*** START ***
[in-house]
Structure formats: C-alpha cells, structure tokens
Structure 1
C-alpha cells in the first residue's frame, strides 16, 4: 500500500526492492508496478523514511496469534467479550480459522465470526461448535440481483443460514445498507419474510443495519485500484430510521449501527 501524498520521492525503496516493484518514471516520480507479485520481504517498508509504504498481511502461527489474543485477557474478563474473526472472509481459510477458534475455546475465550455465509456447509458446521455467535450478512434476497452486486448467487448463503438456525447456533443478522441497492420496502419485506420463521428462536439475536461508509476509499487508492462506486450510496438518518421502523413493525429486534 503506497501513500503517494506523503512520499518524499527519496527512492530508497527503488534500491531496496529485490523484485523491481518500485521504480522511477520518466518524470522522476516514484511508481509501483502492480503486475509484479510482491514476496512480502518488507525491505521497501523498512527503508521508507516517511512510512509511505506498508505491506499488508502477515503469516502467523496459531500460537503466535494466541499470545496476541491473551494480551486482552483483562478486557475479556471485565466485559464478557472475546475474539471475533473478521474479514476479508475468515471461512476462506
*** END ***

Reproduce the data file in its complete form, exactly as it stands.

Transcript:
[in-house]
Structure formats: C-alpha cells, structure tokens
Structure 1
C-alpha cells in the first residue's frame, strides 16, 4: 500500500526492492508496478523514511496469534467479550480459522465470526461448535440481483443460514445498507419474510443495519485500484430510521449501527 501524498520521492525503496516493484518514471516520480507479485520481504517498508509504504498481511502461527489474543485477557474478563474473526472472509481459510477458534475455546475465550455465509456447509458446521455467535450478512434476497452486486448467487448463503438456525447456533443478522441497492420496502419485506420463521428462536439475536461508509476509499487508492462506486450510496438518518421502523413493525429486534 503506497501513500503517494506523503512520499518524499527519496527512492530508497527503488534500491531496496529485490523484485523491481518500485521504480522511477520518466518524470522522476516514484511508481509501483502492480503486475509484479510482491514476496512480502518488507525491505521497501523498512527503508521508507516517511512510512509511505506498508505491506499488508502477515503469516502467523496459531500460537503466535494466541499470545496476541491473551494480551486482552483483562478486557475479556471485565466485559464478557472475546475474539471475533473478521474479514476479508475468515471461512476462506